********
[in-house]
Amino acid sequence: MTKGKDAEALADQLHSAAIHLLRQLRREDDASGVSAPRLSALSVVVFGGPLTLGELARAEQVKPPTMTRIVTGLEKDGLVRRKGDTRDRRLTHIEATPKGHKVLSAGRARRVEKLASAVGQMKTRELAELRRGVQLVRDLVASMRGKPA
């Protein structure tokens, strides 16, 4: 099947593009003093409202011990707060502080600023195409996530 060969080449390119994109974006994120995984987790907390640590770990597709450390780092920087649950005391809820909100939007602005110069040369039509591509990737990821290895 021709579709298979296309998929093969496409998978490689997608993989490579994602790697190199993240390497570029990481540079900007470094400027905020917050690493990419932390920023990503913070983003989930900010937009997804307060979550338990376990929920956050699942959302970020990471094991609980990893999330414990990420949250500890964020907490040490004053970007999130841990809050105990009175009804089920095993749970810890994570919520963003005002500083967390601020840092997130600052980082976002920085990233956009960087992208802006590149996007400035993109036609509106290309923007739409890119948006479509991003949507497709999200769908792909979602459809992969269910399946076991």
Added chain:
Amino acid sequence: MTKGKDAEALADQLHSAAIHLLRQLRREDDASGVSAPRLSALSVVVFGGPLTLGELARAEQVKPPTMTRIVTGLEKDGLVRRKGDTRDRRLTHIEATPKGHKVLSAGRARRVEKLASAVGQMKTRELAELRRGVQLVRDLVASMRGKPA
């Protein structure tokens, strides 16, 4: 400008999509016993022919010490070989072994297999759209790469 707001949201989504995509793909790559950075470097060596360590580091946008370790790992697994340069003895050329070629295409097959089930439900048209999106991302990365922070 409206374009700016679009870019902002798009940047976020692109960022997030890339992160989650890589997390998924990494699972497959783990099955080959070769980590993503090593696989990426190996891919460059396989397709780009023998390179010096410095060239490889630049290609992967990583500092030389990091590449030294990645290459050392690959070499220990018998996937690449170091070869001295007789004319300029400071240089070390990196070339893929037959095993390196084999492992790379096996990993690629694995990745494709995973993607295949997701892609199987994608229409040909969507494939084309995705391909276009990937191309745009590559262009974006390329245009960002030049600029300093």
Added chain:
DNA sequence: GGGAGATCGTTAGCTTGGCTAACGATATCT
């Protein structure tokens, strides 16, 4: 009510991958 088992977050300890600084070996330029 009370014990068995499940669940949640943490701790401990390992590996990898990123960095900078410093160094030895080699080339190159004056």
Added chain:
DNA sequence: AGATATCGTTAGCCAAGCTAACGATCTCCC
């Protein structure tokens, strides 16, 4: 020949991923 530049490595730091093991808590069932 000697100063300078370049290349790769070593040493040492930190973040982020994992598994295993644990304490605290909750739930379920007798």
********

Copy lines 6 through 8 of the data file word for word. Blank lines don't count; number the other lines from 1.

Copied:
């Protein structure tokens, strides 16, 4: 400008999509016993022919010490070989072994297999759209790469 707001949201989504995509793909790559950075470097060596360590580091946008370790790992697994340069003895050329070629295409097959089930439900048209999106991302990365922070 409206374009700016679009870019902002798009940047976020692109960022997030890339992160989650890589997390998924990494699972497959783990099955080959070769980590993503090593696989990426190996891919460059396989397709780009023998390179010096410095060239490889630049290609992967990583500092030389990091590449030294990645290459050392690959070499220990018998996937690449170091070869001295007789004319300029400071240089070390990196070339893929037959095993390196084999492992790379096996990993690629694995990745494709995973993607295949997701892609199987994608229409040909969507494939084309995705391909276009990937191309745009590559262009974006390329245009960002030049600029300093």
Added chain:
DNA sequence: GGGAGATCGTTAGCTTGGCTAACGATATCT